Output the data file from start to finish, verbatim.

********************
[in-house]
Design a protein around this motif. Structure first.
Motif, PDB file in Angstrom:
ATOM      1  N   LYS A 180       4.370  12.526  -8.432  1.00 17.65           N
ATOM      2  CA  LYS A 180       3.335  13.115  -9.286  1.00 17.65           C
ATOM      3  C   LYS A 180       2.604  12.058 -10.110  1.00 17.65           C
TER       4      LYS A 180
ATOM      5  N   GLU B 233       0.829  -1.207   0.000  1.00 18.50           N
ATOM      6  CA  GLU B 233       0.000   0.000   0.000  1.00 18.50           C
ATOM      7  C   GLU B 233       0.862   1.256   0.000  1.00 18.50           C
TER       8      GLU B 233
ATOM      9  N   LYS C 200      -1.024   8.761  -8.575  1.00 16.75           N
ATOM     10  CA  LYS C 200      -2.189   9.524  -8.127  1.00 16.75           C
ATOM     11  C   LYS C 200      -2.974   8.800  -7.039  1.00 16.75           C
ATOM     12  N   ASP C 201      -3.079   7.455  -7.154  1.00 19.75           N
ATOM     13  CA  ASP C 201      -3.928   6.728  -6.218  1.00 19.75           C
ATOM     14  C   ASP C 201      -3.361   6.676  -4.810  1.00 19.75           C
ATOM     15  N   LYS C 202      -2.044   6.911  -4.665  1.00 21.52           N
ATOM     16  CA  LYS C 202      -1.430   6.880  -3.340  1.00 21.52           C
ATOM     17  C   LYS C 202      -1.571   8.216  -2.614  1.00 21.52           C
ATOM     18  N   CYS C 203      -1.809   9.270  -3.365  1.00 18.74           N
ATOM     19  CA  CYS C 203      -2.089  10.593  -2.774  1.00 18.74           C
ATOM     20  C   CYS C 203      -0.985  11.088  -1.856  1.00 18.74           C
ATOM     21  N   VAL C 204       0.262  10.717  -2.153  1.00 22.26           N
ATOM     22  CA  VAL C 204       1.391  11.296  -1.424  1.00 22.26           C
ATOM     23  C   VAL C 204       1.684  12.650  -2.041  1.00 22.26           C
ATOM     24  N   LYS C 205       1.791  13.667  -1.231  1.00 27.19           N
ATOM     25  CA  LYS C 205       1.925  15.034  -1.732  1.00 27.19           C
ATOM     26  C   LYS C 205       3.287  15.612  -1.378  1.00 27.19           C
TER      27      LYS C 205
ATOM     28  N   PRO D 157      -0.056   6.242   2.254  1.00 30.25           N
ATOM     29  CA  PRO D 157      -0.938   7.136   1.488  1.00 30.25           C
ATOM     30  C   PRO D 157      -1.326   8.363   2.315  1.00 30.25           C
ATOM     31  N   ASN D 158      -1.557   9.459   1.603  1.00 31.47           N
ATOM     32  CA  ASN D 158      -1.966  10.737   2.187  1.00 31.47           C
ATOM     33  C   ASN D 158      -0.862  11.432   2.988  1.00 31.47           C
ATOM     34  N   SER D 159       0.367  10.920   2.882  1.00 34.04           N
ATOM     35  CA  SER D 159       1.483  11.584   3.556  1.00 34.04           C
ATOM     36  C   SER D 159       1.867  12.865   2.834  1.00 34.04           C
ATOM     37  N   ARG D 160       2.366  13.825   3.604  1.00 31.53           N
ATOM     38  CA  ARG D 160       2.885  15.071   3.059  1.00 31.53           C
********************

[in-house]
Design a protein around this motif. Structure first.
Motif, PDB file in Angstrom:
ATOM      1  N   LYS A 180       4.370  12.526  -8.432  1.00 17.65           N
ATOM      2  CA  LYS A 180       3.335  13.115  -9.286  1.00 17.65           C
ATOM      3  C   LYS A 180       2.604  12.058 -10.110  1.00 17.65           C
TER       4      LYS A 180
ATOM      5  N   GLU B 233       0.829  -1.207   0.000  1.00 18.50           N
ATOM      6  CA  GLU B 233       0.000   0.000   0.000  1.00 18.50           C
ATOM      7  C   GLU B 233       0.862   1.256   0.000  1.00 18.50           C
TER       8      GLU B 233
ATOM      9  N   LYS C 200      -1.024   8.761  -8.575  1.00 16.75           N
ATOM     10  CA  LYS C 200      -2.189   9.524  -8.127  1.00 16.75           C
ATOM     11  C   LYS C 200      -2.974   8.800  -7.039  1.00 16.75           C
ATOM     12  N   ASP C 201      -3.079   7.455  -7.154  1.00 19.75           N
ATOM     13  CA  ASP C 201      -3.928   6.728  -6.218  1.00 19.75           C
ATOM     14  C   ASP C 201      -3.361   6.676  -4.810  1.00 19.75           C
ATOM     15  N   LYS C 202      -2.044   6.911  -4.665  1.00 21.52           N
ATOM     16  CA  LYS C 202      -1.430   6.880  -3.340  1.00 21.52           C
ATOM     17  C   LYS C 202      -1.571   8.216  -2.614  1.00 21.52           C
ATOM     18  N   CYS C 203      -1.809   9.270  -3.365  1.00 18.74           N
ATOM     19  CA  CYS C 203      -2.089  10.593  -2.774  1.00 18.74           C
ATOM     20  C   CYS C 203      -0.985  11.088  -1.856  1.00 18.74           C
ATOM     21  N   VAL C 204       0.262  10.717  -2.153  1.00 22.26           N
ATOM     22  CA  VAL C 204       1.391  11.296  -1.424  1.00 22.26           C
ATOM     23  C   VAL C 204       1.684  12.650  -2.041  1.00 22.26           C
ATOM     24  N   LYS C 205       1.791  13.667  -1.231  1.00 27.19           N
ATOM     25  CA  LYS C 205       1.925  15.034  -1.732  1.00 27.19           C
ATOM     26  C   LYS C 205       3.287  15.612  -1.378  1.00 27.19           C
TER      27      LYS C 205
ATOM     28  N   PRO D 157      -0.056   6.242   2.254  1.00 30.25           N
ATOM     29  CA  PRO D 157      -0.938   7.136   1.488  1.00 30.25           C
ATOM     30  C   PRO D 157      -1.326   8.363   2.315  1.00 30.25           C
ATOM     31  N   ASN D 158      -1.557   9.459   1.603  1.00 31.47           N
ATOM     32  CA  ASN D 158      -1.966  10.737   2.187  1.00 31.47           C
ATOM     33  C   ASN D 158      -0.862  11.432   2.988  1.00 31.47           C
ATOM     34  N   SER D 159       0.367  10.920   2.882  1.00 34.04           N
ATOM     35  CA  SER D 159       1.483  11.584   3.556  1.00 34.04           C
ATOM     36  C   SER D 159       1.867  12.865   2.834  1.00 34.04           C
ATOM     37  N   ARG D 160       2.366  13.825   3.604  1.00 31.53           N
ATOM     38  CA  ARG D 160       2.885  15.071   3.059  1.00 31.53           C